How will you make your case to justify new hardware or software by showing how well is works after your purchase?
Looking at the Return on Investment (ROI) of your technology decision accomplishes several tasks. First, it allows you to demonstrate to your stakeholders that you are determined to verify the effectiveness of this purchase by tracking the numbers and the feedback from users. Second, it gives you credibility for any future decisions on additional purchases – your results will show that you made the correct choice for your agency. Finally, by evaluating the usefulness of your new product, you’ll be able to make sure you’re achieving the results you want. You may find you’re not receiving as great a time savings, or salary/staff reductions, or an increase in revenue as was expected. By maintaining the proper facts and figures, you’ll be able to make better decisions to get the most from your investment.
Many who work for human services organizations shy away from for-profit business terms such as Return on Investment (or Total Cost of Ownership (TCO)) because they don’t feel it applies to them or their nonprofit mission. But the ROI is a fair way to review effectiveness and measure your results.
To see your return, you can use the simple formula for ROI as a way to see how well the new technology is working – you subtract the savings/revenue/gains from the cost of investment, divide that amount by the cost of the investment, and multiply by 100 to get your return percentage.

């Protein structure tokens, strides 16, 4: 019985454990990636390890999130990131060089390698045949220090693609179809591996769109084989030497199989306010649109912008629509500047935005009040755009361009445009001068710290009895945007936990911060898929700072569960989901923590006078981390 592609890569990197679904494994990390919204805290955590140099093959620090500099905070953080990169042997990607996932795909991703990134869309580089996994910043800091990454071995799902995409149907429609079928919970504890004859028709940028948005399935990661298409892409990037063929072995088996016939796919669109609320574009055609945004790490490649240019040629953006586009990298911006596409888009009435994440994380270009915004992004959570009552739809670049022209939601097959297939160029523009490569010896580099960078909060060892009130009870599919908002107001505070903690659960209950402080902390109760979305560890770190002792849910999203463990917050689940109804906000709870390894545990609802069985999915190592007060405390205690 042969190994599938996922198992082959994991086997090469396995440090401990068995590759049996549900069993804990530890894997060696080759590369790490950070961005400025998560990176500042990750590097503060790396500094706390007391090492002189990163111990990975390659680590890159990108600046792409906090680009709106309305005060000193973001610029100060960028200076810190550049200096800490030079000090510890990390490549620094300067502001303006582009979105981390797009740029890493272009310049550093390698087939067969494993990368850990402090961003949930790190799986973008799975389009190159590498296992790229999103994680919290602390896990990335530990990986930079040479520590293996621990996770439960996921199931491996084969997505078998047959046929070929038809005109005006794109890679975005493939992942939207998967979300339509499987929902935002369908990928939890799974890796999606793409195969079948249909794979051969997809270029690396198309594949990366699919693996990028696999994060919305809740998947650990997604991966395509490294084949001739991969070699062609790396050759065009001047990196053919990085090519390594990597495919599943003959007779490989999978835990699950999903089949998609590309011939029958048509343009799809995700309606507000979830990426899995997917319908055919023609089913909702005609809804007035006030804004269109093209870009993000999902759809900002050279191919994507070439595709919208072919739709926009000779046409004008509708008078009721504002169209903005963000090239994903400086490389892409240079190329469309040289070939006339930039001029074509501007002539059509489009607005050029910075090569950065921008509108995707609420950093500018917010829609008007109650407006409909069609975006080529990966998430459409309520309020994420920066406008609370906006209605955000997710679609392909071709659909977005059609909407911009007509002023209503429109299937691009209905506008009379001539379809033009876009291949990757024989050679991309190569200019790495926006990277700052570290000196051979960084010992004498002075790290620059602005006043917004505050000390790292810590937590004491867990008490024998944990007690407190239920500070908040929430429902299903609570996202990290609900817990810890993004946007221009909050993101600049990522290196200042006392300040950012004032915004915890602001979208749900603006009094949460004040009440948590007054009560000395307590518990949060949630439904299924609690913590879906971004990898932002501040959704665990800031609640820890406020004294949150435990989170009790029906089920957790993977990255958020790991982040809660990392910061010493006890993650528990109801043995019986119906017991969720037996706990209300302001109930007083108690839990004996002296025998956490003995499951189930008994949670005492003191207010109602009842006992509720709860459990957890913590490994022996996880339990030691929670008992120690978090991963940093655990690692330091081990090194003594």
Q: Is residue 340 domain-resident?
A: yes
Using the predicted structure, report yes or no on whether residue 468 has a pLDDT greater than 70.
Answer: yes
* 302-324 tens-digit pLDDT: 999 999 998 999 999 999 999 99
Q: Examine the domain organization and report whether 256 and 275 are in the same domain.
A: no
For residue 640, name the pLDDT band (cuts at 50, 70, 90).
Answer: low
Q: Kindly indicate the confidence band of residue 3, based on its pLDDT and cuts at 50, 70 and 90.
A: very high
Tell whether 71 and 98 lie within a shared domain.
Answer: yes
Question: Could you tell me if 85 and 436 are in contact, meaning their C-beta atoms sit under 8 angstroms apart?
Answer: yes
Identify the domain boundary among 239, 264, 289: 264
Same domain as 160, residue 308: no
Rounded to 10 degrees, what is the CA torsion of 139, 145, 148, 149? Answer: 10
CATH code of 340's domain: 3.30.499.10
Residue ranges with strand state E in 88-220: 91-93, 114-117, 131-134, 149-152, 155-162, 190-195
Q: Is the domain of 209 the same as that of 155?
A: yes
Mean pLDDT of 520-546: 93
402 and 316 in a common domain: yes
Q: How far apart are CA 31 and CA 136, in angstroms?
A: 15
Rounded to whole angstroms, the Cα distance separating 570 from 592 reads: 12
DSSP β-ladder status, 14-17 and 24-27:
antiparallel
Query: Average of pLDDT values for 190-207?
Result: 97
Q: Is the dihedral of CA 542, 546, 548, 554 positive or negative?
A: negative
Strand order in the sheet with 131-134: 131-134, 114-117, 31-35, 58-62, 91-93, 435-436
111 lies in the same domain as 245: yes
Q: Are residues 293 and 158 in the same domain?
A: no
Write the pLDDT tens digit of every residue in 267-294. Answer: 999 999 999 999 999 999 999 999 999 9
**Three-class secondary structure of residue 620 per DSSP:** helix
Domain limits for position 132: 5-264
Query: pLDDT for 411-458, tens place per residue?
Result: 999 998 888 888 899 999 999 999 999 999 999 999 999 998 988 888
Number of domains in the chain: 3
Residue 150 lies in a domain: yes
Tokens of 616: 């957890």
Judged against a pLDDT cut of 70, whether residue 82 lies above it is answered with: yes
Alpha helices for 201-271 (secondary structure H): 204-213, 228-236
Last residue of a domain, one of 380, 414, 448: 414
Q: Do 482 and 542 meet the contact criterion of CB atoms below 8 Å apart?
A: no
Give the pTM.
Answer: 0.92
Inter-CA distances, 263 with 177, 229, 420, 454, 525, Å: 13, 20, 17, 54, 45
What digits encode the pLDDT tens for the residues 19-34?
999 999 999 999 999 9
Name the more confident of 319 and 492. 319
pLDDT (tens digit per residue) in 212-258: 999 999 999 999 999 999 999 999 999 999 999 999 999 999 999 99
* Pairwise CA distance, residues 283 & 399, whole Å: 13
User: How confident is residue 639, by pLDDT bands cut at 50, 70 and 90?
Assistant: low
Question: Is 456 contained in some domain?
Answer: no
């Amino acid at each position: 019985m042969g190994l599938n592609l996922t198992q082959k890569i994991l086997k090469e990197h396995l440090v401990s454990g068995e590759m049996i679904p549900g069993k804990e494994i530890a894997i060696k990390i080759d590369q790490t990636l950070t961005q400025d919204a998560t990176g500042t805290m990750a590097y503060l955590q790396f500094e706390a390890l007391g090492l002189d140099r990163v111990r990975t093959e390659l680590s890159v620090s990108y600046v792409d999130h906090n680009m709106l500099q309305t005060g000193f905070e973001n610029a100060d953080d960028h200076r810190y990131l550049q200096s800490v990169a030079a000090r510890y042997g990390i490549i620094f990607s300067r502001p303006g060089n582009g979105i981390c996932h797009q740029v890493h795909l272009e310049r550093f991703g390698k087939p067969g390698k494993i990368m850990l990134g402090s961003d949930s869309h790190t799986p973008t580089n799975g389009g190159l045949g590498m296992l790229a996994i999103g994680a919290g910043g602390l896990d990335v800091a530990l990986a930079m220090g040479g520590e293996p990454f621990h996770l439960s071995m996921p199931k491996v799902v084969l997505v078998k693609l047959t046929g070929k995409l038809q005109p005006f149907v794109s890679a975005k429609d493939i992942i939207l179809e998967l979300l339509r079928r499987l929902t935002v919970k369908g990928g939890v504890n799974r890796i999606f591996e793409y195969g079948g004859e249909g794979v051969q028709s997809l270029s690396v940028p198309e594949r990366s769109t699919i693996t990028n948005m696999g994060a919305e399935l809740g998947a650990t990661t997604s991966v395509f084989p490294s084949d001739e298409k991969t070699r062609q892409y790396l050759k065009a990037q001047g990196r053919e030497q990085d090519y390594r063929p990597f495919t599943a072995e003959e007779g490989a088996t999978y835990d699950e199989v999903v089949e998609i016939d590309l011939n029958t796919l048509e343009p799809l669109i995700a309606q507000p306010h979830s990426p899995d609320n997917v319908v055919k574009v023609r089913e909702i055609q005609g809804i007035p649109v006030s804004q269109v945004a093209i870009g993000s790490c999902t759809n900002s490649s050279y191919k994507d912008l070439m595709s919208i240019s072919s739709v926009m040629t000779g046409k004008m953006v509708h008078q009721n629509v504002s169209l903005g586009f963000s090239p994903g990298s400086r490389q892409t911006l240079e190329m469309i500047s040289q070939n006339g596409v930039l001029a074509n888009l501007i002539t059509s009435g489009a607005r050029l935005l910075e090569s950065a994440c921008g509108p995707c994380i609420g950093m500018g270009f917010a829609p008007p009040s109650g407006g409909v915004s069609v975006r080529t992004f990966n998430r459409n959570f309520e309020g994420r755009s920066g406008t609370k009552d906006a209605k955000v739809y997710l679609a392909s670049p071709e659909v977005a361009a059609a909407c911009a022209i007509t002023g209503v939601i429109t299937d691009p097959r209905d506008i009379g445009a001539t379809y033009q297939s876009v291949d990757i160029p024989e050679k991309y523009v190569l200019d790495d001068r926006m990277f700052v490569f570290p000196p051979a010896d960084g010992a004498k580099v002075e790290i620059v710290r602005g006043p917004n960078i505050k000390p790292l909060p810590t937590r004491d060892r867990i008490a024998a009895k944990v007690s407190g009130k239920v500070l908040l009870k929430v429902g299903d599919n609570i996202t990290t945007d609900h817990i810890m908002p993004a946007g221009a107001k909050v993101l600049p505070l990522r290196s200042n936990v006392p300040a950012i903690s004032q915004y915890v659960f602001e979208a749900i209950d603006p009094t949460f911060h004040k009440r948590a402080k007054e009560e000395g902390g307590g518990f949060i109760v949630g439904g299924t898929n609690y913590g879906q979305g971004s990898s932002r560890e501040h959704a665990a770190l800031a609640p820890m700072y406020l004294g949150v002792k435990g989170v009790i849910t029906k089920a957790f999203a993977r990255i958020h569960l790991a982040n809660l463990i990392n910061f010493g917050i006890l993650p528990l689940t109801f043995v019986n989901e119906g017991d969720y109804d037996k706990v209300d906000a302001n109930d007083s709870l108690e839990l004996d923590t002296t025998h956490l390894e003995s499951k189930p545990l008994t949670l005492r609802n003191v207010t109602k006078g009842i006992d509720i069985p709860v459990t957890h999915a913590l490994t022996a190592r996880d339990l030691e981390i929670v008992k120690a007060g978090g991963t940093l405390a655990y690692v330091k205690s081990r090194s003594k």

Keep in mind, the figures required can be complicated and require some digging to get the best results. For example, the cost of the investment is usually more than the purchase price. So include related costs, such as: service agreements, training costs, additional warranties, implementation, and extra hardware or software required in your “investment” amount. And keep in mind your revenue amount can be more than just a dollar figure. There can be intangibles that should be accounted for, such as: increased productivity, improved morale, staff reductions, and increased brand recognition/word of mouth exposure/referrals.
Just because something doesn’t have a monetary value, doesn’t mean it should be left out. And a lack of a dollar value doesn’t mean that measurements should not be taken. Make notes in your ROI calculation that shows the intangibles are not included but are counted.
Finally, the ROI amounts can be stretched this way and that to show whatever favorable results you need. The more concrete effects you can demonstrate – along with all the unfavorable details – the better off you and your organization will be. And you’ll make better decisions in the future. Track everything you can from the first day after implementation and review every month, quarter, or year to measure and report on your results.
Examine your ROI at different points in time so you can see the difference of the return for now and again in five years. Create a baseline for your current figures so you can make those future comparisons. Give yourself milestones or benchmarks so you’ll have goals to meet and, hopefully, exceed.